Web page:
- What is a Compiler?
- What is an Interpreter?
- Difference Between Compiler and Interpreter
- Frequently Asked Questions
- Q.1: Which is better: A compiler or an Interpreter?
- Q.2: Which is faster? Compiler or Interpreter?
- Q.3: Can anyone use an interpreter instead of a compiler?
- Q.4: Is Python an interpreter or a compiler?
- Q.5: What are the examples of interpreters?
- Additional Resources
If we were to go to a foreign country, where communicating in the native language is difficult, life would have been hazardous. Expecting something in return when asked would be tough unless we have a translator. Even though we don’t go to a different nation every day, we communicate with someone who does not understand any human language; A computer. We speak to a computer through a high-level programming language but did you know that the programming language isn’t the ultimate language that a computer understands? We have system software known as compilers and interpreters that aids in making the conveyance smoother. What are these compilers and interpreters? Are they the same? Is there any difference between compilers and interpreters?
Both compiler and interpreter are key components needed to convert a program written in a high-level language into machine code that can be understood by a computer. A compiler and an interpreter, however, function very differently, and there are some differences between the two. In this article, we are going to see what are compilers and interpreters as well as the difference between Compiler and Interpreter.
What is a Compiler?
A compiler is computer software that readily translates programming language into machine code or assembly language or low-level language. It translates every program to binary(1’s and 0’s) that a computer feasibly understands and does the task that corresponds to the code. One condition that a compiler has to follow is the syntax of the programming language that is used. Thus, if the syntax of the program does not match the analysis of the compiler, an error arises that has to be corrected manually in the program written.
How Compilers Work?
The main work of the compiler is to translate the program into machine code and let the programmer know if there are any errors, ranges, limits, etc., especially syntactical errors in the program. It analyses the entire program and converts it into machine code. The working of a compiler can be categorized into the following phases:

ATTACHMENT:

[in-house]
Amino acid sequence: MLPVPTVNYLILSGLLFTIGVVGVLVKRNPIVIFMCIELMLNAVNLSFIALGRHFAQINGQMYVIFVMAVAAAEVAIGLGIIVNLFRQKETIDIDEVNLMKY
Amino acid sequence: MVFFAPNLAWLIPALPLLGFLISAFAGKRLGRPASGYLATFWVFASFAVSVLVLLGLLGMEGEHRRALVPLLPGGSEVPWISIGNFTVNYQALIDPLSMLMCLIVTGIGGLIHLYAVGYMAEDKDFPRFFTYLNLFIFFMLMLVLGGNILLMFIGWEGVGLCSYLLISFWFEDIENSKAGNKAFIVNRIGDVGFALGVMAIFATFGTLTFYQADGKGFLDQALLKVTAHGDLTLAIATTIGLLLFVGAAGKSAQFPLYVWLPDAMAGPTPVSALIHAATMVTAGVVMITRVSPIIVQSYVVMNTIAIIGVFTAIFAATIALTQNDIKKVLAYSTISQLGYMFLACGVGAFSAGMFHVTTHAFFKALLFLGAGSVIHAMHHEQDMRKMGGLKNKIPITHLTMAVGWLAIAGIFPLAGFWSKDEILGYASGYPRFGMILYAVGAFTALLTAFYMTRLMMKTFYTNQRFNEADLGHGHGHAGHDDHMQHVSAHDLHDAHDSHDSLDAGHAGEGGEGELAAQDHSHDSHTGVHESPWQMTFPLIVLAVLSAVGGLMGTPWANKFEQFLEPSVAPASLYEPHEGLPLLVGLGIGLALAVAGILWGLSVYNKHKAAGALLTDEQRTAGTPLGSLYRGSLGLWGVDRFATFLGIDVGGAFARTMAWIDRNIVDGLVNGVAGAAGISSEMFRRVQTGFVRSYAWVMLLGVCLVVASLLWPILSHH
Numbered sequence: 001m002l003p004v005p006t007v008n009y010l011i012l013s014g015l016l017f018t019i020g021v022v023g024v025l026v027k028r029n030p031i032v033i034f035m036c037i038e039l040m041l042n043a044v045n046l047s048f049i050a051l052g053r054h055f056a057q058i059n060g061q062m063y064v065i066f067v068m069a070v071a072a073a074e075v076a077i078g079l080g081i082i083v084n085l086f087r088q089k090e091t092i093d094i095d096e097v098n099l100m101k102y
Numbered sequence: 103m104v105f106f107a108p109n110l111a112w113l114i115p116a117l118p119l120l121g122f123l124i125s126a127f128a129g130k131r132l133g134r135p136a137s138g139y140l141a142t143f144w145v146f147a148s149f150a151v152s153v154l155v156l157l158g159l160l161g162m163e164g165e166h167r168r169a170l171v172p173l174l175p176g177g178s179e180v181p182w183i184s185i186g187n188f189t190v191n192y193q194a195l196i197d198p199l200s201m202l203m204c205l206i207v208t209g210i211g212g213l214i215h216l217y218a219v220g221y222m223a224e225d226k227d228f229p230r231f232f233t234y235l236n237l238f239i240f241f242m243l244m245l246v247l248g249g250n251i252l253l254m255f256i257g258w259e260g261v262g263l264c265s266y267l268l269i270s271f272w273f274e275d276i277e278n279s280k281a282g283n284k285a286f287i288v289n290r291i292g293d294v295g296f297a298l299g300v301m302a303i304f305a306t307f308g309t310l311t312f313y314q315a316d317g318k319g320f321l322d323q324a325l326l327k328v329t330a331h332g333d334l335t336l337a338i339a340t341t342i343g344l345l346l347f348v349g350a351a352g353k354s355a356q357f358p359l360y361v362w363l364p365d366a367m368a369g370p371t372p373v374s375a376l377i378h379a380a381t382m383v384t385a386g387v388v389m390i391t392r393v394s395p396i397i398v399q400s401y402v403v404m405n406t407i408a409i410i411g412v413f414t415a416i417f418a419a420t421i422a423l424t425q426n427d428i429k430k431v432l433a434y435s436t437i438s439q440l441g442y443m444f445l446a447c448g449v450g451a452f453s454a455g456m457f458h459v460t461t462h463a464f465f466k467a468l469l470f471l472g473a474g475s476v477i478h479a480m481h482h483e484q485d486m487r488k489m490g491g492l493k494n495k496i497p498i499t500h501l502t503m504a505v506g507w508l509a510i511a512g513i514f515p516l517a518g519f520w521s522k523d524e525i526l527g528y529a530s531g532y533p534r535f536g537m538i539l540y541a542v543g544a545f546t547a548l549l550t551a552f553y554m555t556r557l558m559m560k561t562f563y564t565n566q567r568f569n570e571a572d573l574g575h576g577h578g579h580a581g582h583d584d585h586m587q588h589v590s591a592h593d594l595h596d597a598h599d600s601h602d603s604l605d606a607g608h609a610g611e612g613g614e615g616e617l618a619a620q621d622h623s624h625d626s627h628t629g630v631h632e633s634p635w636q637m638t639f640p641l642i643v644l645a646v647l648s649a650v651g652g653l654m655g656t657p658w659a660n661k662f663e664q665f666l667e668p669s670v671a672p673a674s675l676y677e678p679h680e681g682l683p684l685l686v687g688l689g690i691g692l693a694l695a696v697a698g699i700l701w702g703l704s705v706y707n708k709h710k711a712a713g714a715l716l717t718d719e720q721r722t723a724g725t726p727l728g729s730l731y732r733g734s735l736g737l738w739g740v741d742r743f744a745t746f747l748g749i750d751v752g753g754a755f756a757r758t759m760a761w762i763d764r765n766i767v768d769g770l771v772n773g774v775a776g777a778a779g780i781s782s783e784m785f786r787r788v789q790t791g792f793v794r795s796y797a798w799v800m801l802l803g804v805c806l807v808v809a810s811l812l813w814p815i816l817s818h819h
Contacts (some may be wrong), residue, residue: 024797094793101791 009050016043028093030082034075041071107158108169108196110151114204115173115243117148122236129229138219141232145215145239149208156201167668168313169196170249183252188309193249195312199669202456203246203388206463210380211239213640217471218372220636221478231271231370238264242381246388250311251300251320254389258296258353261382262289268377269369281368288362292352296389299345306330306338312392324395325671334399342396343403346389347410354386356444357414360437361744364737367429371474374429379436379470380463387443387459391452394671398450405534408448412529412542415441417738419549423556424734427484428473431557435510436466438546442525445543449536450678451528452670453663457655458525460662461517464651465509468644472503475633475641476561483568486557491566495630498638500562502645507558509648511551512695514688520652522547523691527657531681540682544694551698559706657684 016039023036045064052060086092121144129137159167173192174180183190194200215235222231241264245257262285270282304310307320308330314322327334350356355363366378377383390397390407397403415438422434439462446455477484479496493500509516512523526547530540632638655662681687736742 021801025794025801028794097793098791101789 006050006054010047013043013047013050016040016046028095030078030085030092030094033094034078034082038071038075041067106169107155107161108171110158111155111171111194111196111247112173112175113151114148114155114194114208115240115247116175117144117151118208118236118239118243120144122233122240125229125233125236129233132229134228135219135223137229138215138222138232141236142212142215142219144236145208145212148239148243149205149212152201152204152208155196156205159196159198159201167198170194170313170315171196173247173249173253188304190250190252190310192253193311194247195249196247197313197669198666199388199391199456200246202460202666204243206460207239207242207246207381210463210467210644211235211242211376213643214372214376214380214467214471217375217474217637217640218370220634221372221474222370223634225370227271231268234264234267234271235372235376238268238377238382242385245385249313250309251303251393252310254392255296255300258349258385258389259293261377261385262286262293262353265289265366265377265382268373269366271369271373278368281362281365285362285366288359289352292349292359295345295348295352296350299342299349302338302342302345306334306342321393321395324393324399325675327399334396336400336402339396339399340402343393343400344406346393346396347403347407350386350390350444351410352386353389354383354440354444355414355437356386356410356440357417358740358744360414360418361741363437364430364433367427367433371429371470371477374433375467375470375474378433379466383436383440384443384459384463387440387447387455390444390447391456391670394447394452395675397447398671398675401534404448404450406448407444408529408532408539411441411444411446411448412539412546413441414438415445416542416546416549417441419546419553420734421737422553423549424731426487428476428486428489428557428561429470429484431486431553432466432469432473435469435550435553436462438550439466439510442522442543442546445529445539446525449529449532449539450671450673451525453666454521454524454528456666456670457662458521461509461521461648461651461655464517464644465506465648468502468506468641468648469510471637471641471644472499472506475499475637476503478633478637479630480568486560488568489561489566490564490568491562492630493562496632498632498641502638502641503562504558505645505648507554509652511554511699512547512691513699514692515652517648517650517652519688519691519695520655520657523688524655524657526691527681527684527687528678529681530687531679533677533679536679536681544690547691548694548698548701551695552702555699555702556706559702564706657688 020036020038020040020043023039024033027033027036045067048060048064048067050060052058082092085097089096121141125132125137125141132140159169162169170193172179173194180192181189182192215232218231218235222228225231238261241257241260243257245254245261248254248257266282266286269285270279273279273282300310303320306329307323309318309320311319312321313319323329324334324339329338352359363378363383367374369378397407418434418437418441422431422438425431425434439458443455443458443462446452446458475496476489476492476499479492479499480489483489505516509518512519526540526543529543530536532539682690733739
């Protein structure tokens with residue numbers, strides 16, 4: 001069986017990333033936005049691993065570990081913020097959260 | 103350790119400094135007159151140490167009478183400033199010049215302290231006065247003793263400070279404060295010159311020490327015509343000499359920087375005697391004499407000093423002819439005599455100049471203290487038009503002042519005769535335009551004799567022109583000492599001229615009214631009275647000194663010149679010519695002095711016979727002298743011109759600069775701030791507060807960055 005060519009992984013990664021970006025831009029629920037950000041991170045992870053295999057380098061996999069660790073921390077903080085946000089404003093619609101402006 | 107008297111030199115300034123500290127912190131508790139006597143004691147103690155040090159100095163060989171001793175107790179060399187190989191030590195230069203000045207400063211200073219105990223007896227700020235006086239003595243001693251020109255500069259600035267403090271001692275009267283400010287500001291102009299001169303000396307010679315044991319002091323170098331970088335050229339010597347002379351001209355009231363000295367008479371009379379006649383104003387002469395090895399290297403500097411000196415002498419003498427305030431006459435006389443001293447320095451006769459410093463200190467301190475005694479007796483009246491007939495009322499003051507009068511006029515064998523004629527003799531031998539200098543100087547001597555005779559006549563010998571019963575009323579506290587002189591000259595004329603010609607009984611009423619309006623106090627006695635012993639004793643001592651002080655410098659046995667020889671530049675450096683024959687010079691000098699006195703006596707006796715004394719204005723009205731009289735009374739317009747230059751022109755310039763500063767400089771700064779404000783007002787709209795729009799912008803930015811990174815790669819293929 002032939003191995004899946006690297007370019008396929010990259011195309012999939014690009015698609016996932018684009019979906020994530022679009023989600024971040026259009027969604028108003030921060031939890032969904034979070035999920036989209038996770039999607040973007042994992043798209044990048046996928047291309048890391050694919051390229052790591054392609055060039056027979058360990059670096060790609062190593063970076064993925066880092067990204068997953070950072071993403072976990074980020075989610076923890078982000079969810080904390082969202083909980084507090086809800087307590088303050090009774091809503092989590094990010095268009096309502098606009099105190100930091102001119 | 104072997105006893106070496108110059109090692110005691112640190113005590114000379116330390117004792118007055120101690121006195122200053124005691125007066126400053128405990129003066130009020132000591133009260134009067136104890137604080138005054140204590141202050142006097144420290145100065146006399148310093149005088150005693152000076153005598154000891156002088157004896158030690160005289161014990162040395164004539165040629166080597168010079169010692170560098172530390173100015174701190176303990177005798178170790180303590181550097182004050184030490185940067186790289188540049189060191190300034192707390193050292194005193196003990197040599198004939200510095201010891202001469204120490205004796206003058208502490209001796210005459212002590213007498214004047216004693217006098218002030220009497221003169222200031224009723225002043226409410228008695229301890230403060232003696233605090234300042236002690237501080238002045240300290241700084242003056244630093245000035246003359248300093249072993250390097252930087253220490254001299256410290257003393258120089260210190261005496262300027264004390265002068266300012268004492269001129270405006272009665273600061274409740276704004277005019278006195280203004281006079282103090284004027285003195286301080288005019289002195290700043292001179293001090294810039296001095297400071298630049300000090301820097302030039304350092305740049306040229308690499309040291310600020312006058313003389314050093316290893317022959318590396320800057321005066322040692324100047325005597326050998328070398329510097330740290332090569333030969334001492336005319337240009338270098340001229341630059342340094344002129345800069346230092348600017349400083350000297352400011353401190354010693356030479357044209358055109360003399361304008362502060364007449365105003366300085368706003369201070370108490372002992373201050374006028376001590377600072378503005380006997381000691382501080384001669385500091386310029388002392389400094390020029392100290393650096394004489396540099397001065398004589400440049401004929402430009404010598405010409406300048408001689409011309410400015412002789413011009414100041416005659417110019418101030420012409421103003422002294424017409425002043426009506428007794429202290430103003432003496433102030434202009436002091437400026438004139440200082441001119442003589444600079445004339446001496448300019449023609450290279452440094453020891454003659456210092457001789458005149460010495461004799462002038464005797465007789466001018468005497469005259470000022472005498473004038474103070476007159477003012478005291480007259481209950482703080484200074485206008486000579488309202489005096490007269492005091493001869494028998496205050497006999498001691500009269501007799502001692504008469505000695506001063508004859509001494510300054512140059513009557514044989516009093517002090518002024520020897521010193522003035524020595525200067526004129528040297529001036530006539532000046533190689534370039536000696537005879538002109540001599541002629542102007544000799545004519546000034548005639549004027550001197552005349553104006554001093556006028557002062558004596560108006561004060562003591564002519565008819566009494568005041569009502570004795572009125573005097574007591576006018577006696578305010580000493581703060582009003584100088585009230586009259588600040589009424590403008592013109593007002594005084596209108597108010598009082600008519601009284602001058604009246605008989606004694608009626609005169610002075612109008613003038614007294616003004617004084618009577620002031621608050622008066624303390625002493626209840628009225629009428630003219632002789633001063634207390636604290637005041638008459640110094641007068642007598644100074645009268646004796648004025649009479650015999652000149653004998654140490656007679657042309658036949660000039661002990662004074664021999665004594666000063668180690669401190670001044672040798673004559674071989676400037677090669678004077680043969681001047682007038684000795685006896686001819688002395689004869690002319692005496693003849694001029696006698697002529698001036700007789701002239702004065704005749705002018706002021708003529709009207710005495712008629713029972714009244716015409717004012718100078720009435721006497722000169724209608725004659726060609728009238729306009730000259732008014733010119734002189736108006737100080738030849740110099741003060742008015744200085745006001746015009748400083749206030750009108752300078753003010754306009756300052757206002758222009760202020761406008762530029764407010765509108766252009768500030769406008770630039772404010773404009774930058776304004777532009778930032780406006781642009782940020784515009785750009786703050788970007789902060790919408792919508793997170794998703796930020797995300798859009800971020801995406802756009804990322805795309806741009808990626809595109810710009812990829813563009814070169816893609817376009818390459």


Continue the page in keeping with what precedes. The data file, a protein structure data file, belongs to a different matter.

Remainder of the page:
- Lexical analysis: Splitting of source code into an abstract fragment known as lexeme. A token is generated for each of the lexemes, referring to whether it is a keyword, a string, or some other variable.
- Syntax Analysis: The tokens assigned are structured to form an Abstract Syntax Tree(AST) and checked for errors in the syntax.
- Semantic Analysis: The AST is checked for semantic errors like the wrong variable assigned, using an undeclared variable, using keywords as variable, etc.
- Intermediate Code Generation: The process of compilation generates two or more intermediate code forms.
- Optimization: The compilation process looks for multiple ways through which the task can be enhanced.
- Code generation: The compiler converts the intermediate optimized code into a machine code after which the source program is converted to an object program.
Benefits of using a Compiler
The compiler offers various advantages which can be summed up as follows:
- Compilers translate programs in a single operation.
- The process takes less time.
- CPU utilization is higher.
- The checking of syntactic and semantic errors can be done simultaneously.
- Many high-level languages, including C, C++, and Java, support it easily.
Role of a Compiler
- It reads the source code and provides an executable code.
- Translates programs written in a high-level language to a language that the CPU can understand.
- The process is relatively complicated and takes time for analysis.
- The executable code will be in machine-specific binary code.
- Total run time is more and occupies a large part of the memory.
What is an Interpreter?
An interpreter is a computer program that converts program statements into machine code. Program statements include source code, pre-compiled code, and scripts. Unlike a compiler, an interpreter takes a shorter amount of time to interpret a program. Since interpreters simplify the process of working with source code, they are especially useful for beginners.
How Does an Interpreter Work?
An interpreter works more or less similar to a compiler. The only difference between their working is that the interpreter does not generate any intermediate code forms, reads the program line to line checking for errors, and runs the program simultaneously.
Benefits of using Interpreters